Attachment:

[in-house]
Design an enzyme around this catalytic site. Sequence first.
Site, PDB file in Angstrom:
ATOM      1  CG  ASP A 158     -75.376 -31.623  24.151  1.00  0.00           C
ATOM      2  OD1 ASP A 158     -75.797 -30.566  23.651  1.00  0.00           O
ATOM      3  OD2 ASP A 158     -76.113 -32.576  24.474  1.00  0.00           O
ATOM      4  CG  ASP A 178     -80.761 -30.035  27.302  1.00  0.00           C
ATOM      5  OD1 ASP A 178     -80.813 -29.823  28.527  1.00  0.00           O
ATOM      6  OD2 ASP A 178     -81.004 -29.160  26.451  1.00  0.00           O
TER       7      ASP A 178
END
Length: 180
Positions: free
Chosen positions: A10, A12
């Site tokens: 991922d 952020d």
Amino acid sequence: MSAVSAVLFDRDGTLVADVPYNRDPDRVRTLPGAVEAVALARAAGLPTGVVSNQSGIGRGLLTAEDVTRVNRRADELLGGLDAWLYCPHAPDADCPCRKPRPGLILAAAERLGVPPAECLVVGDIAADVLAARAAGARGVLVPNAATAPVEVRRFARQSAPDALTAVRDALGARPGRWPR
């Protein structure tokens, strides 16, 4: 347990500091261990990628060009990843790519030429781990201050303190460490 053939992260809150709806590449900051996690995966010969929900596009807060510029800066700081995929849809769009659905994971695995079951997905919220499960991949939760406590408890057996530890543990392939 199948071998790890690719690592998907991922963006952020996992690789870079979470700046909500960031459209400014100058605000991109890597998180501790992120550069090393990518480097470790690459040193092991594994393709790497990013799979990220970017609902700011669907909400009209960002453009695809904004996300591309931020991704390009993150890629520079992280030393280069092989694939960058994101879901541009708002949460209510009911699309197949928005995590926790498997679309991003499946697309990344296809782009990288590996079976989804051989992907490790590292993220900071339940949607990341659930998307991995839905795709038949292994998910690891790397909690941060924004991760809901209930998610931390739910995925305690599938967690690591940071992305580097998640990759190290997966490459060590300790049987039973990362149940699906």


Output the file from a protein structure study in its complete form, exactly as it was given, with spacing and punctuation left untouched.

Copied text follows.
[in-house]
Design an enzyme around this catalytic site. Sequence first.
Site, PDB file in Angstrom:
ATOM      1  CG  ASP A 158     -75.376 -31.623  24.151  1.00  0.00           C
ATOM      2  OD1 ASP A 158     -75.797 -30.566  23.651  1.00  0.00           O
ATOM      3  OD2 ASP A 158     -76.113 -32.576  24.474  1.00  0.00           O
ATOM      4  CG  ASP A 178     -80.761 -30.035  27.302  1.00  0.00           C
ATOM      5  OD1 ASP A 178     -80.813 -29.823  28.527  1.00  0.00           O
ATOM      6  OD2 ASP A 178     -81.004 -29.160  26.451  1.00  0.00           O
TER       7      ASP A 178
END
Length: 180
Positions: free
Chosen positions: A10, A12
């Site tokens: 991922d 952020d």
Amino acid sequence: MSAVSAVLFDRDGTLVADVPYNRDPDRVRTLPGAVEAVALARAAGLPTGVVSNQSGIGRGLLTAEDVTRVNRRADELLGGLDAWLYCPHAPDADCPCRKPRPGLILAAAERLGVPPAECLVVGDIAADVLAARAAGARGVLVPNAATAPVEVRRFARQSAPDALTAVRDALGARPGRWPR
């Protein structure tokens, strides 16, 4: 347990500091261990990628060009990843790519030429781990201050303190460490 053939992260809150709806590449900051996690995966010969929900596009807060510029800066700081995929849809769009659905994971695995079951997905919220499960991949939760406590408890057996530890543990392939 199948071998790890690719690592998907991922963006952020996992690789870079979470700046909500960031459209400014100058605000991109890597998180501790992120550069090393990518480097470790690459040193092991594994393709790497990013799979990220970017609902700011669907909400009209960002453009695809904004996300591309931020991704390009993150890629520079992280030393280069092989694939960058994101879901541009708002949460209510009911699309197949928005995590926790498997679309991003499946697309990344296809782009990288590996079976989804051989992907490790590292993220900071339940949607990341659930998307991995839905795709038949292994998910690891790397909690941060924004991760809901209930998610931390739910995925305690599938967690690591940071992305580097998640990759190290997966490459060590300790049987039973990362149940699906």